Lightning damages corrugated stainless steel tubing, starts house fire

A lightning strike in a neighborhood in the interior region sparked a series of events which could have led to dire consequences.

Lightning struck the ground near a natural gas underground distribution line, energizing the tracer wire used by a gas utility to locate underground gas lines. This created an electrical arc that shorted from the tracer wire (serving the individual gas service to the home), to the gas service riser upstream of the gas meter.

This electrical arc caused a hole in a corrugated stainless steel tubing (CSST). The resulting gas leak and sources of ignition started a fire in the home. Fortunately, the fire occurred in an enclosed joist space that also carried a plastic water line. The water line melted and the water pressure doused the fire.

During the investigation, it was found that the home’s gas lines were not bonded as required by CSA B149-10 Natural gas and Propane installation and Handling Code (CSA B149-10) and the CSST manufacturer’s certified installation instructions.

The installation of CSST requires proper bonding, which means a low impedance path is obtained by permanently joining all non-current-carrying metal parts. This ensures electrical continuity and having the capacity to safely conduct any current likely to be imposed on it. Proper bonding and grounding will reduce the risk of damaged caused by a direct or indirect lightning strike.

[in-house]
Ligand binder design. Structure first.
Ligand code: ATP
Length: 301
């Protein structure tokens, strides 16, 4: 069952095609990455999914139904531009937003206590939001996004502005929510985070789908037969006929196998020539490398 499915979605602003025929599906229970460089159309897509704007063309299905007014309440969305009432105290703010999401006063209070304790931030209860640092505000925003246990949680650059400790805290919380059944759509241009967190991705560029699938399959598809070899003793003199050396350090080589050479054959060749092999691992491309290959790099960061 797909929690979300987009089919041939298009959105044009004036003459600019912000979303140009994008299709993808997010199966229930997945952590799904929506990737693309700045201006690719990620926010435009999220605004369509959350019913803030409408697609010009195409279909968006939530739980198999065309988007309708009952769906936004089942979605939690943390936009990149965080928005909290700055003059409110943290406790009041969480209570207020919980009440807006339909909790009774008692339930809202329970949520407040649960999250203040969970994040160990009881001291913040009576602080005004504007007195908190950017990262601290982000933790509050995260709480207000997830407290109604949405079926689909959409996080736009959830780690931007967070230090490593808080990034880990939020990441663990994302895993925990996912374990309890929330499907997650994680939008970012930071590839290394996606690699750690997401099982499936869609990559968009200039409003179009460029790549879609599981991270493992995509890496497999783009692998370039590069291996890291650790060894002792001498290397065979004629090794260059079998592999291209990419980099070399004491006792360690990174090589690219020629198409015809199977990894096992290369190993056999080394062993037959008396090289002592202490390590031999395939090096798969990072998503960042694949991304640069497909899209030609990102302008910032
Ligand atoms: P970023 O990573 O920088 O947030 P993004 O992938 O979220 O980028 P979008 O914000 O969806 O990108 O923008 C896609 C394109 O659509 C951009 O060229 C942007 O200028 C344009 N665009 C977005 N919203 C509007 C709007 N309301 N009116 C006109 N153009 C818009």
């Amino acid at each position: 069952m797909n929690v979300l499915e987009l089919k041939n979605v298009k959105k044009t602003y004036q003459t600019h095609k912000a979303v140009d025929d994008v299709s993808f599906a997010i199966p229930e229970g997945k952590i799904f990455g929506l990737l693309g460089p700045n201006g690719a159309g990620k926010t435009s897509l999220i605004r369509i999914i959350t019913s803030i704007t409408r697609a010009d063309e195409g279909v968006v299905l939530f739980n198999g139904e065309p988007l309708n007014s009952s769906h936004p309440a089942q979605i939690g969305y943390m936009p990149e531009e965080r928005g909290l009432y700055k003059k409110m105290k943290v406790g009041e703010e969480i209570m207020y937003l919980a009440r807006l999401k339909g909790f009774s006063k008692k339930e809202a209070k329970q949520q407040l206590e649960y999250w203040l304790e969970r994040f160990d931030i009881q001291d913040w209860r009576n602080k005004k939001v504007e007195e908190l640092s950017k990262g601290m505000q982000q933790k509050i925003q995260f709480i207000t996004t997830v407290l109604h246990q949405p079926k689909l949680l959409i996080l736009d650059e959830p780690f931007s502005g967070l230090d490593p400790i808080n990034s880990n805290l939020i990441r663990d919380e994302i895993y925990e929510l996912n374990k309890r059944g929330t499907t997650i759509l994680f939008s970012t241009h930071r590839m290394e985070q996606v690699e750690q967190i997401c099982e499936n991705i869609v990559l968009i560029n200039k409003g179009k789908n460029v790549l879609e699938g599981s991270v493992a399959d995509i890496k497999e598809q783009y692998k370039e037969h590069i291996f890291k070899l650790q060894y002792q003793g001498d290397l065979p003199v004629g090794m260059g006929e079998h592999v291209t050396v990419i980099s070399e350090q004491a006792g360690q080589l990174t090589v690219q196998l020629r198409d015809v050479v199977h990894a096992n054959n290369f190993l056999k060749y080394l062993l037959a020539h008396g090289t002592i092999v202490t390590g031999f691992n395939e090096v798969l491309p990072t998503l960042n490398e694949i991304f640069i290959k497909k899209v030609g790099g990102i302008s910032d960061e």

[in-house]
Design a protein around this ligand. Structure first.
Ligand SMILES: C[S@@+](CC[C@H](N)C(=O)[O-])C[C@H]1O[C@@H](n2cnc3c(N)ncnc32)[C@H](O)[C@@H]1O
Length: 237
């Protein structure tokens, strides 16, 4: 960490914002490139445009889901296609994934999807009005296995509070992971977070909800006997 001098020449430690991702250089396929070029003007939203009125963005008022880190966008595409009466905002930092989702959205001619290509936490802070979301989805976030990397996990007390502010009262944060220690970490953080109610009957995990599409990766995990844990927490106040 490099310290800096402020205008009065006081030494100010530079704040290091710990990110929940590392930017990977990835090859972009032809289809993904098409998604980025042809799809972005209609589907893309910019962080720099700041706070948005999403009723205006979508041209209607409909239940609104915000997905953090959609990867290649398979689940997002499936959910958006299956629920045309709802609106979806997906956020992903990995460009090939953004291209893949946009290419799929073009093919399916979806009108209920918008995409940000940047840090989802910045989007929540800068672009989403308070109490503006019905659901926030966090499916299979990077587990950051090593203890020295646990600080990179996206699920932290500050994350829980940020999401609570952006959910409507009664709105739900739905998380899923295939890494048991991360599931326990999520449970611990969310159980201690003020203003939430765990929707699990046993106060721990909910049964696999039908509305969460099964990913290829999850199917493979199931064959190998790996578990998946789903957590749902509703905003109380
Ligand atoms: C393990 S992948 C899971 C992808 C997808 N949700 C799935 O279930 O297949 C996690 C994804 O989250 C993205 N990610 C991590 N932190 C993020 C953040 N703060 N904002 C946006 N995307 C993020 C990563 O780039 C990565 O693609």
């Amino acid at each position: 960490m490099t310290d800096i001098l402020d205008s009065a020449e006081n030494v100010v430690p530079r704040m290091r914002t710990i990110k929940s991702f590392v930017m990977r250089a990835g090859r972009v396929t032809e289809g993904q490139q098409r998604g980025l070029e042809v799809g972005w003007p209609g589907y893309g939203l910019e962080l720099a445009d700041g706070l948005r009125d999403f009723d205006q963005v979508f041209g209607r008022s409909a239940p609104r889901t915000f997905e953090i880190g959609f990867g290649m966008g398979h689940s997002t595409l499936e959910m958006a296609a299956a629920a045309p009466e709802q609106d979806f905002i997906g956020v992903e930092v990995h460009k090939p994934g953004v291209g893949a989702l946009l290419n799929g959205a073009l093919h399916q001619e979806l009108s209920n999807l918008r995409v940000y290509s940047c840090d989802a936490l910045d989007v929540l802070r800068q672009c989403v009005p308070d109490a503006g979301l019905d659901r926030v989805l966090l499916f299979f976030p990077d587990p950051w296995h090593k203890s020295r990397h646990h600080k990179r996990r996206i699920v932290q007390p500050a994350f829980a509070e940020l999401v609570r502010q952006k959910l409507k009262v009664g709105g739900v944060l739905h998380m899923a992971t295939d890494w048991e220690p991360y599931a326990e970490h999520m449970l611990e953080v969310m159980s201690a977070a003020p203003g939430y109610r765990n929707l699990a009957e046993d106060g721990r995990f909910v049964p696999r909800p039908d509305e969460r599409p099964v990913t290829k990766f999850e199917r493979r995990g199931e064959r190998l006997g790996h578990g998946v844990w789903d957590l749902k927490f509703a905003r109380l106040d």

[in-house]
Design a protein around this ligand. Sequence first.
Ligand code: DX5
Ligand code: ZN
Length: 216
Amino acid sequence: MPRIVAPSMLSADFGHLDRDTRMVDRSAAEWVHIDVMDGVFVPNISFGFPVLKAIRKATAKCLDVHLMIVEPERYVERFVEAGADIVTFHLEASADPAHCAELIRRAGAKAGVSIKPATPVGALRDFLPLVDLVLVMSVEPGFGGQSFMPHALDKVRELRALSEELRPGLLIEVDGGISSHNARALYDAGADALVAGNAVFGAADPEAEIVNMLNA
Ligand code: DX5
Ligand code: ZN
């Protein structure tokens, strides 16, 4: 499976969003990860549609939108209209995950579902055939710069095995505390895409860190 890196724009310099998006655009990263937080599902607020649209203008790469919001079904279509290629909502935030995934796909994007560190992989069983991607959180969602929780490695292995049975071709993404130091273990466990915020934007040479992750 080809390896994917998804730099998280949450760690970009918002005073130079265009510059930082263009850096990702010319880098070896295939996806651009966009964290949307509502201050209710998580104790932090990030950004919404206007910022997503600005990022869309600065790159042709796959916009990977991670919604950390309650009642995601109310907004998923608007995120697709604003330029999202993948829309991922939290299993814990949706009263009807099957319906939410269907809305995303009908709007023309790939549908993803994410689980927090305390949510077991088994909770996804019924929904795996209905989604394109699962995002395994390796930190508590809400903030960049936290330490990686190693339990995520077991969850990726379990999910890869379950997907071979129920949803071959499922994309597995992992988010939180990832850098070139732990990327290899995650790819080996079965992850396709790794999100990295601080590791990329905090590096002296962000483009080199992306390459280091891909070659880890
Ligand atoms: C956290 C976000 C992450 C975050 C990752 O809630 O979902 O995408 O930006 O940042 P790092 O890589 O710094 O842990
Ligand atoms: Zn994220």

Note: Bonding is electrical work and must comply with the Canadian Electrical Code part 1 and must be performed by a licensed electrical contractor.

CSA B149-10 section 4.7.3 indicates the requirements for interior metal piping to be bonded while section 4.1.3 further enforces the requirement for CSST to be installed according to the certified installation instructions.

This incident has resulted in continuing education to many gas fitters regarding the importance of ensuring that gas lines are properly bonded. Although this is a requirement that is usually looked after by a qualified electrician on a new construction, remember that the gas contractor is required by the gas code section 4.7.3 to ensure the bonding is installed. On retrofit work, there may not be a qualified electrician involved in a gas appliance installation.

It is important to note that proof of manufacturers’ training is required prior to installation of CSST. There are a number of different CSST brands. They all have detailed requirements for electrical bonding of their products in the manufacturers’ certified installation instructions.

If you have any questions, contact your local BCSA gas safety officer or call 1-866-566-7233 and we will have a gas safety officer get in touch with you.

Share article on
FacebookTwitterLinkedinEmail